DNAtsol_student
Mission Specialist
Mission Specialist
  • 348 Views

just how specific can you make a sudoer's permissions?

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Hey all,

I've added myself to a custom sudoer file so I do not need to enter the sudo password for a specific command. But, I'm wondering if it is possible to limit that even further and limit the nopasswd requirement to that command and and specific arguments I've made to the mount command. 

For example, in the custom sudoer file I added the NOPASSWD element and reference the

/usr/bin/mount command in the file but would like to have it refer to a specific NFS share and still require it for others.

Essentially, I'm looking to create a cronjob and mount this share only when I want to perform a backup for a specific machine.

thoughts? suggestions? pointers? All welcome

Thanks

1 Solution

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m8ram
Mission Specialist
Mission Specialist
  • 286 Views

You can do this, you can even use wildcards: https://www.sudo.ws/docs/man/1.8.17/sudoers.man/#Wildcards

The example in the official docs:

%operator ALL = /bin/cat /var/log/messages*

You can also prevent the user from passing *any* arguments yo a command by specifying the empty string `""` after the command.

And you can go even further and allow some arguments and then explictly deny some.

Again from the official documentation (https://www.sudo.ws/docs/man/1.8.17/sudoers.man/#EXAMPLES) :

pete		HPPA = /usr/bin/passwd [A-Za-z]*, !/usr/bin/passwd root

 

This allows fine grained access and is certainly necessary in certain environments.

In your case adding the path to be mounted to the /usr/bin.mount command will achieve what you are looking for.

Keep in mind that you know about various ways to elevate/escape certain restrictions.

E.g. if you grant anyone permission to run `vim` as root they can use vim's shell interface to open a shell as root. Many tools have such features.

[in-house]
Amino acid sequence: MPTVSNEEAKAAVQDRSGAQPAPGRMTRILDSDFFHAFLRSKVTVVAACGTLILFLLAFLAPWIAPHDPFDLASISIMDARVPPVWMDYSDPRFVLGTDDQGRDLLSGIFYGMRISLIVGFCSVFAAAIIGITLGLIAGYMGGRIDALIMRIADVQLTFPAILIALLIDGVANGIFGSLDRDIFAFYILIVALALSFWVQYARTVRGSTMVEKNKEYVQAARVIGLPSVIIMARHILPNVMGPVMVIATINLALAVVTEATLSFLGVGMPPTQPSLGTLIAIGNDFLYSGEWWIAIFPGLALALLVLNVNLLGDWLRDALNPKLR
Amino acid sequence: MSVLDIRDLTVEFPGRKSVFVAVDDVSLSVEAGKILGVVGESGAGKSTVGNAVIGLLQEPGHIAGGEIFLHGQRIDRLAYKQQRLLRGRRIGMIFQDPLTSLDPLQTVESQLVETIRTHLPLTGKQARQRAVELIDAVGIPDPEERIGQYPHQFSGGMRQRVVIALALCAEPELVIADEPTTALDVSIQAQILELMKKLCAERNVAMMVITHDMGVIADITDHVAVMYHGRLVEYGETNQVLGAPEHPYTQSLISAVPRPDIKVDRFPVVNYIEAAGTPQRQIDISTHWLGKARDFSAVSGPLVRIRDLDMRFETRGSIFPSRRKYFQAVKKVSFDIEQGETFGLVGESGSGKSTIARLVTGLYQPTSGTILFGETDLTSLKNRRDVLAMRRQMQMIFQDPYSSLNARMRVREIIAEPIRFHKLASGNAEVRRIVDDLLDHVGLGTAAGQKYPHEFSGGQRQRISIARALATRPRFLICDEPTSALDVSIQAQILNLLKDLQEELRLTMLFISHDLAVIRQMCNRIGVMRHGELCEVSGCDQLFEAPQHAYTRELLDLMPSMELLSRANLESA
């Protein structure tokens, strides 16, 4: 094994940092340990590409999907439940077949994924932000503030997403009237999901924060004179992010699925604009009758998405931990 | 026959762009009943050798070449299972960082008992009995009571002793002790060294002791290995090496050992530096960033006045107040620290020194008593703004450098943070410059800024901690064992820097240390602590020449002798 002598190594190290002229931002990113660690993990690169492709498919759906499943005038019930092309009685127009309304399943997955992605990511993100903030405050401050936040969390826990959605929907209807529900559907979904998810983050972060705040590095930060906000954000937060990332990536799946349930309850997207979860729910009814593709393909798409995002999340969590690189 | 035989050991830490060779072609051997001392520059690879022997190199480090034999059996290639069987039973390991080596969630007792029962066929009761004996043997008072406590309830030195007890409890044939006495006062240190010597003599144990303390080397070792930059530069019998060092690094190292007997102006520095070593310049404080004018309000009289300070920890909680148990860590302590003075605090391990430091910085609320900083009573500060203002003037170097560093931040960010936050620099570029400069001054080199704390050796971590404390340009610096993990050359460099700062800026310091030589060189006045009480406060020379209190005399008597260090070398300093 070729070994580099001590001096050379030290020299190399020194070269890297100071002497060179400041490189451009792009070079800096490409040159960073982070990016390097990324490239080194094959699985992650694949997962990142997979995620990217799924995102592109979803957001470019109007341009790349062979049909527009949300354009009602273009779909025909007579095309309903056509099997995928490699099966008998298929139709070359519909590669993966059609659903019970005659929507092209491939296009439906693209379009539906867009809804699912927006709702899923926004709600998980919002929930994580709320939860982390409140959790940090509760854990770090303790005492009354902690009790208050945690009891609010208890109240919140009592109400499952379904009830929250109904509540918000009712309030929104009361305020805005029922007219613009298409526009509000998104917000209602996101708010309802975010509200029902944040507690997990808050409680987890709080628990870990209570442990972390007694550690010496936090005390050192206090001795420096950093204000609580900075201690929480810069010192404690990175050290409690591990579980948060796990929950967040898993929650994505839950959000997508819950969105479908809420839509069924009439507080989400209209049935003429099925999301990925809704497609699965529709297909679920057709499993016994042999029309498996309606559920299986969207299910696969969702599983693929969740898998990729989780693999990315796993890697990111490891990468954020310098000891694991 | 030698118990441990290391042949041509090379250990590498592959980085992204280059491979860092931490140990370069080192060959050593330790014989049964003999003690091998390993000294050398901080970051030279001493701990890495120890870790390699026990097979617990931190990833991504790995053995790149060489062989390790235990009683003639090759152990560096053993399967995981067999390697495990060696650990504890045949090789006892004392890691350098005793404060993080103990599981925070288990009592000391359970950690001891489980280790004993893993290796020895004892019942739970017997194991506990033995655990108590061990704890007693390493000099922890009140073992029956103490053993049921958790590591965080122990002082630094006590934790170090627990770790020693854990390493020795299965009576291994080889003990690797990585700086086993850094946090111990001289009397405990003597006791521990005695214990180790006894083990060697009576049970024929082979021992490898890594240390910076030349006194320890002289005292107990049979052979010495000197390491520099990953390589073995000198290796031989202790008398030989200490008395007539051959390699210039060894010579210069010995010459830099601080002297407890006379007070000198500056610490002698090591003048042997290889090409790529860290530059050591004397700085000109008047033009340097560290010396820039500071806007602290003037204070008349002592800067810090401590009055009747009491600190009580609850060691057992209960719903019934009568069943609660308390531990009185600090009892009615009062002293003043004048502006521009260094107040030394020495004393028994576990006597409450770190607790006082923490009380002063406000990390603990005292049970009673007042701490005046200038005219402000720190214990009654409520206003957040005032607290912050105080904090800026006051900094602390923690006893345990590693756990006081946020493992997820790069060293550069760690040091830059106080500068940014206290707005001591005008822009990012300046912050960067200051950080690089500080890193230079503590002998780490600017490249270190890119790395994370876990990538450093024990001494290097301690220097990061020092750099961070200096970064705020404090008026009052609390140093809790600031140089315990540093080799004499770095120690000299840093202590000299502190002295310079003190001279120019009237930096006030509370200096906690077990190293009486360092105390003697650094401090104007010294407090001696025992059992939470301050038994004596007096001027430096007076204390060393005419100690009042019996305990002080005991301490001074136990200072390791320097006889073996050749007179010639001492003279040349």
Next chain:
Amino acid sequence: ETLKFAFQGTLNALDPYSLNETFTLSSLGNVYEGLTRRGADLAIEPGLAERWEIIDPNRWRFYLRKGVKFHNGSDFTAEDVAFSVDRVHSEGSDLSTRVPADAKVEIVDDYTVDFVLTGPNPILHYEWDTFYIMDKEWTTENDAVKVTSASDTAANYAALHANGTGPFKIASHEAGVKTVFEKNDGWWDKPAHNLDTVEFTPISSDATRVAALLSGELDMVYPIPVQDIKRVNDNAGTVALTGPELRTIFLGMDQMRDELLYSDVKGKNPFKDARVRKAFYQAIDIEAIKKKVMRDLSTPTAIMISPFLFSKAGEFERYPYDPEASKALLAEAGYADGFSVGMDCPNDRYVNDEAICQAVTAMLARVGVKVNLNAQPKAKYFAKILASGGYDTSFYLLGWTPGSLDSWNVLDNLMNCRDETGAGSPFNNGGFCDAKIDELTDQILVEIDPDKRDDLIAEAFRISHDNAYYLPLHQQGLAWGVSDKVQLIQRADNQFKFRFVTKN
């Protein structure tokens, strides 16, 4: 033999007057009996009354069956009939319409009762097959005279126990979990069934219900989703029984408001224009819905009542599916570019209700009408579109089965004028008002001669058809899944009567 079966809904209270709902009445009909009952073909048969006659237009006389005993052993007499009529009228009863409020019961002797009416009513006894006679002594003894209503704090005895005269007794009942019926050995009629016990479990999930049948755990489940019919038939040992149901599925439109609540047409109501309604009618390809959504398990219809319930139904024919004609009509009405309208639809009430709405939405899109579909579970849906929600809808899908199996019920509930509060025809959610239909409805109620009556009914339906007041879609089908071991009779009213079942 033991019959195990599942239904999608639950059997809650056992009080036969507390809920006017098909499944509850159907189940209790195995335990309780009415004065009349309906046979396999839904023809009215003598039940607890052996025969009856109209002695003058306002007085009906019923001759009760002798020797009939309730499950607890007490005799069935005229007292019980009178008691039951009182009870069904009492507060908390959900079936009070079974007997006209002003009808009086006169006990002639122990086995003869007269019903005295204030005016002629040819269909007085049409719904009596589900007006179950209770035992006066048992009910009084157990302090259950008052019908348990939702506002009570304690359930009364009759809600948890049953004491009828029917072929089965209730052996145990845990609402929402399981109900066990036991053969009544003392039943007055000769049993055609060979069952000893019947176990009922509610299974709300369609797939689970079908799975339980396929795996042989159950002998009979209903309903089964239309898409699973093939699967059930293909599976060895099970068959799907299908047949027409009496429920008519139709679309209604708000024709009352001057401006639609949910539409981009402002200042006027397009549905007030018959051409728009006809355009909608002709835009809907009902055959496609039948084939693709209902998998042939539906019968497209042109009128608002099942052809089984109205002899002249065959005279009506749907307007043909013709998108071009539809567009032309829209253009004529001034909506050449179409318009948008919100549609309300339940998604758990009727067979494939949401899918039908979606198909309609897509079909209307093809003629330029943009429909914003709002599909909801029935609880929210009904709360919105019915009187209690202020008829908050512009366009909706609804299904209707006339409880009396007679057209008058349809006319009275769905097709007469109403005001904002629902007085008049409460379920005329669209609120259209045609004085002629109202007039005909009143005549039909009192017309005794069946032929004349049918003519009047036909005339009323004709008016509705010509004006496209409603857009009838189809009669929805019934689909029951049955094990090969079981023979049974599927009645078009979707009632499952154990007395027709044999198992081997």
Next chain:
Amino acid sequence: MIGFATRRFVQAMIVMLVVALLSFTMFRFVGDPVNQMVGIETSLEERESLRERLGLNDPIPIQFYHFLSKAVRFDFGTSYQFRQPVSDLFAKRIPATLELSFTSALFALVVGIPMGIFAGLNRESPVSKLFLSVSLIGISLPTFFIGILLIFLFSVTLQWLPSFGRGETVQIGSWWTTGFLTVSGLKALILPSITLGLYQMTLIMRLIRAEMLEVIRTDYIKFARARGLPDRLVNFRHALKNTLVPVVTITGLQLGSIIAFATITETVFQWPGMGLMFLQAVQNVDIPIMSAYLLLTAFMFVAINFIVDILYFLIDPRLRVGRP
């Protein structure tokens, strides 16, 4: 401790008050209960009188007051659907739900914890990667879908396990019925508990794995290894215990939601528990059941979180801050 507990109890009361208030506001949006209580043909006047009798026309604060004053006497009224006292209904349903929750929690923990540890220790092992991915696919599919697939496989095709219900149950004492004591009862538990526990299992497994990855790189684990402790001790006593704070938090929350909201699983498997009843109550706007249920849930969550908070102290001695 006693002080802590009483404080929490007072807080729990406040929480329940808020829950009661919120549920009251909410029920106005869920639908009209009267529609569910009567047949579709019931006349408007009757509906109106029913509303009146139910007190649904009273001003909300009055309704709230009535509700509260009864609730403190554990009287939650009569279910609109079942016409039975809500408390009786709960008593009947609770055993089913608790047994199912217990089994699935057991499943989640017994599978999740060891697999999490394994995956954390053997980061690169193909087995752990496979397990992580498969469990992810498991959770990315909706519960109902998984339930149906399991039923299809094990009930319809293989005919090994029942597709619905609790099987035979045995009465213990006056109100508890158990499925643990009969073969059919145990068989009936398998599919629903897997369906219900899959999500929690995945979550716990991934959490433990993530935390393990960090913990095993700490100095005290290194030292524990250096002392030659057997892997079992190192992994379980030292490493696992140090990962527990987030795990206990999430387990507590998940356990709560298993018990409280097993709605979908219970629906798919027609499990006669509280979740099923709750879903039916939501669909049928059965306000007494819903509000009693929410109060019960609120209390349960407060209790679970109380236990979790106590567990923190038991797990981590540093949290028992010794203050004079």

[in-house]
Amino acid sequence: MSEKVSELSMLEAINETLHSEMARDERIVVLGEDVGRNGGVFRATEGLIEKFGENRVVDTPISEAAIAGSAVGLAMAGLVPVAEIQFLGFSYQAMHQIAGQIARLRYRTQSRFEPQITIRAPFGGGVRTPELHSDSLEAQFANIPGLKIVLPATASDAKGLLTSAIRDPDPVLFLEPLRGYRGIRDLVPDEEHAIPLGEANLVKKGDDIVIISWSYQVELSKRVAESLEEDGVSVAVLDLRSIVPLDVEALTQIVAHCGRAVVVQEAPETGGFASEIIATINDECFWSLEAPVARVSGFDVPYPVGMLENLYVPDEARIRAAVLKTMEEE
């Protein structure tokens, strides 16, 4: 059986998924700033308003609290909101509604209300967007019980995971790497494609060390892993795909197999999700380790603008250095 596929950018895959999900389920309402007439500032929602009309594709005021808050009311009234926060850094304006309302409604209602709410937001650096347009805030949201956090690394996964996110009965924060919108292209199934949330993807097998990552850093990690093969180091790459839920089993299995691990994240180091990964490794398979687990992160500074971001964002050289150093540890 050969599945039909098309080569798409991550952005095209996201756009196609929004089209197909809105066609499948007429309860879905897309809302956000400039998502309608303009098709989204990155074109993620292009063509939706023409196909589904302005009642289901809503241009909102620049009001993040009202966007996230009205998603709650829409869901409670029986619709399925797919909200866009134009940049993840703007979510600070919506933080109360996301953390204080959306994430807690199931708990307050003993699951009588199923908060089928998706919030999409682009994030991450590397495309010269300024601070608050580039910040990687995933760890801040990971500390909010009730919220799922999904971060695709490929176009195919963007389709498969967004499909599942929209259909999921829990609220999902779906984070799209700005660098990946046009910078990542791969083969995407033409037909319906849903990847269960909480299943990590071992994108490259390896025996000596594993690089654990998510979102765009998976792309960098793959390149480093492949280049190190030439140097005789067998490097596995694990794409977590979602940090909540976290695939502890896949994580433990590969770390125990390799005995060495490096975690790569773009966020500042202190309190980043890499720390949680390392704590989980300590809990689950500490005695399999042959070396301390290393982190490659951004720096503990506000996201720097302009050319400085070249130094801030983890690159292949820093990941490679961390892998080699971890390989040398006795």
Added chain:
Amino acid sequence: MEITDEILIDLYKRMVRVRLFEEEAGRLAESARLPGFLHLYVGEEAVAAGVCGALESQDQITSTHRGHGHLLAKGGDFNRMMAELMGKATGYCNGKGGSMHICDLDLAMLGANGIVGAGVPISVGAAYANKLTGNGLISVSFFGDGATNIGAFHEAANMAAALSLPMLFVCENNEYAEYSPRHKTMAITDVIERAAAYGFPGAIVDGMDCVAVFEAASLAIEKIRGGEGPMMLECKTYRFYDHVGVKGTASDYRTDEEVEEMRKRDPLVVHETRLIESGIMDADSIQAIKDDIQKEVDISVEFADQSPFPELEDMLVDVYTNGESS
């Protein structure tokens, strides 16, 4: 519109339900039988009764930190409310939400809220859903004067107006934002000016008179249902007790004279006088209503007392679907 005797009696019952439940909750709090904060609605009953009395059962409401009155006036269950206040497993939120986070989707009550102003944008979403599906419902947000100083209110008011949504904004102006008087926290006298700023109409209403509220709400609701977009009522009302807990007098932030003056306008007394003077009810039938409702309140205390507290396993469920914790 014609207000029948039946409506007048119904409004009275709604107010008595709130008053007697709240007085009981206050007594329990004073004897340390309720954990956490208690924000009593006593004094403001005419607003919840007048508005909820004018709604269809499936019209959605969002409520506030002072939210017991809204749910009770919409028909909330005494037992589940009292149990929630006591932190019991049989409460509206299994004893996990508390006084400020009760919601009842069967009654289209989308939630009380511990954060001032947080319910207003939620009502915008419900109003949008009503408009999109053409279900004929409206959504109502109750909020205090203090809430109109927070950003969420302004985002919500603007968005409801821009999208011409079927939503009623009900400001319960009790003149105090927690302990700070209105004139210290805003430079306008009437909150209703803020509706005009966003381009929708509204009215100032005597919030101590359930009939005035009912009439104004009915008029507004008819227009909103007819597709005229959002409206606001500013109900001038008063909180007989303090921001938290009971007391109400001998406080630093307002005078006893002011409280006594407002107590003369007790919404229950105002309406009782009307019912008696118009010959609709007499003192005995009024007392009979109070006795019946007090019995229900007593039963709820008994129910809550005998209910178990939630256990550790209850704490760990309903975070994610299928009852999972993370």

https://www.sudo.ws/docs/man/1.8.17/sudoers.man/#Preventing_shell_escapes describes some ways to protect but be mindful of the last paragraph about the inherit risks.

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3 Replies
morbius
Flight Engineer
Flight Engineer
  • 312 Views

No, you cannot specify attributes of the command in sudoers, you can just allow that user to execute /usr/bin/mount file.

There is rarely need to be that paranoid that you should limit the user what exactly he should be able to mount. You could play with permissions and ownership of the mountpoints, but I wouldn't bother. You could make a backup script or playbook with exact steps you want and then have cron execute that.

m8ram
Mission Specialist
Mission Specialist
  • 287 Views

You can do this, you can even use wildcards: https://www.sudo.ws/docs/man/1.8.17/sudoers.man/#Wildcards

The example in the official docs:

%operator ALL = /bin/cat /var/log/messages*

You can also prevent the user from passing *any* arguments yo a command by specifying the empty string `""` after the command.

And you can go even further and allow some arguments and then explictly deny some.

Again from the official documentation (https://www.sudo.ws/docs/man/1.8.17/sudoers.man/#EXAMPLES) :

pete		HPPA = /usr/bin/passwd [A-Za-z]*, !/usr/bin/passwd root

 

This allows fine grained access and is certainly necessary in certain environments.

In your case adding the path to be mounted to the /usr/bin.mount command will achieve what you are looking for.

Keep in mind that you know about various ways to elevate/escape certain restrictions.

E.g. if you grant anyone permission to run `vim` as root they can use vim's shell interface to open a shell as root. Many tools have such features.
https://www.sudo.ws/docs/man/1.8.17/sudoers.man/#Preventing_shell_escapes describes some ways to protect but be mindful of the last paragraph about the inherit risks.

DNAtsol_student
Mission Specialist
Mission Specialist
  • 231 Views

Thanks very much for this.

I was able to figure it out based on the references and suggestions you made.

I could successfully get /bin/mount to not require a password but when I got more specific (/bin/mount -t nfs my.local.ip.address:share/path /local/mount/point) Ikept getting syntax errors

I ended up backing off the specificity and just included the ip address of the nfs share with a wildcard * (/usr/bin/mount -t nfs my.local.ip.address*). This accomplished my goal.

cronjob... here I come

 

Appreciate the help!

 

 

 

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